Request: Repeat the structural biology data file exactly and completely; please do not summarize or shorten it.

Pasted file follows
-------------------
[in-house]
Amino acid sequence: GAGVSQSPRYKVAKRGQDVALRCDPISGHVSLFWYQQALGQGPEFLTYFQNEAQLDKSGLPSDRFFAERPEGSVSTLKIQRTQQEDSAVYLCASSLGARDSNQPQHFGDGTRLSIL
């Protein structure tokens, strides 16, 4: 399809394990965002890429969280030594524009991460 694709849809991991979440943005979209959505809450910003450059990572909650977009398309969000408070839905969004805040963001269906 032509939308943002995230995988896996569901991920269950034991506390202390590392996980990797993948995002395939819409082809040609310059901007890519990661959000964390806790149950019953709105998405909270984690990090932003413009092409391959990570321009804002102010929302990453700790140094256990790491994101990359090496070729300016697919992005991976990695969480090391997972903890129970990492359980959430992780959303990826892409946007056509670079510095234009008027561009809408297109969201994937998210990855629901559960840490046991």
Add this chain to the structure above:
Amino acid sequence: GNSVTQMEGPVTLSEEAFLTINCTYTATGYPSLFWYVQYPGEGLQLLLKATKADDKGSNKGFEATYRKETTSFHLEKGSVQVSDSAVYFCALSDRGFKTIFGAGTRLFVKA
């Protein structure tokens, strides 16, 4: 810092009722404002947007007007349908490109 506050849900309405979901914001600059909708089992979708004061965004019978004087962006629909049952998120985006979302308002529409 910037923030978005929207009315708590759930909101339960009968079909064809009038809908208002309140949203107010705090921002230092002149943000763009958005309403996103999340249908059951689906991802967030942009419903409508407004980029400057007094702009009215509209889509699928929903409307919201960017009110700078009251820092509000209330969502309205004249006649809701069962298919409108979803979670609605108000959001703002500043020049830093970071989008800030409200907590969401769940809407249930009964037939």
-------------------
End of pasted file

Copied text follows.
[in-house]
Amino acid sequence: GAGVSQSPRYKVAKRGQDVALRCDPISGHVSLFWYQQALGQGPEFLTYFQNEAQLDKSGLPSDRFFAERPEGSVSTLKIQRTQQEDSAVYLCASSLGARDSNQPQHFGDGTRLSIL
């Protein structure tokens, strides 16, 4: 399809394990965002890429969280030594524009991460 694709849809991991979440943005979209959505809450910003450059990572909650977009398309969000408070839905969004805040963001269906 032509939308943002995230995988896996569901991920269950034991506390202390590392996980990797993948995002395939819409082809040609310059901007890519990661959000964390806790149950019953709105998405909270984690990090932003413009092409391959990570321009804002102010929302990453700790140094256990790491994101990359090496070729300016697919992005991976990695969480090391997972903890129970990492359980959430992780959303990826892409946007056509670079510095234009008027561009809408297109969201994937998210990855629901559960840490046991």
Add this chain to the structure above:
Amino acid sequence: GNSVTQMEGPVTLSEEAFLTINCTYTATGYPSLFWYVQYPGEGLQLLLKATKADDKGSNKGFEATYRKETTSFHLEKGSVQVSDSAVYFCALSDRGFKTIFGAGTRLFVKA
């Protein structure tokens, strides 16, 4: 810092009722404002947007007007349908490109 506050849900309405979901914001600059909708089992979708004061965004019978004087962006629909049952998120985006979302308002529409 910037923030978005929207009315708590759930909101339960009968079909064809009038809908208002309140949203107010705090921002230092002149943000763009958005309403996103999340249908059951689906991802967030942009419903409508407004980029400057007094702009009215509209889509699928929903409307919201960017009110700078009251820092509000209330969502309205004249006649809701069962298919409108979803979670609605108000959001703002500043020049830093970071989008800030409200907590969401769940809407249930009964037939």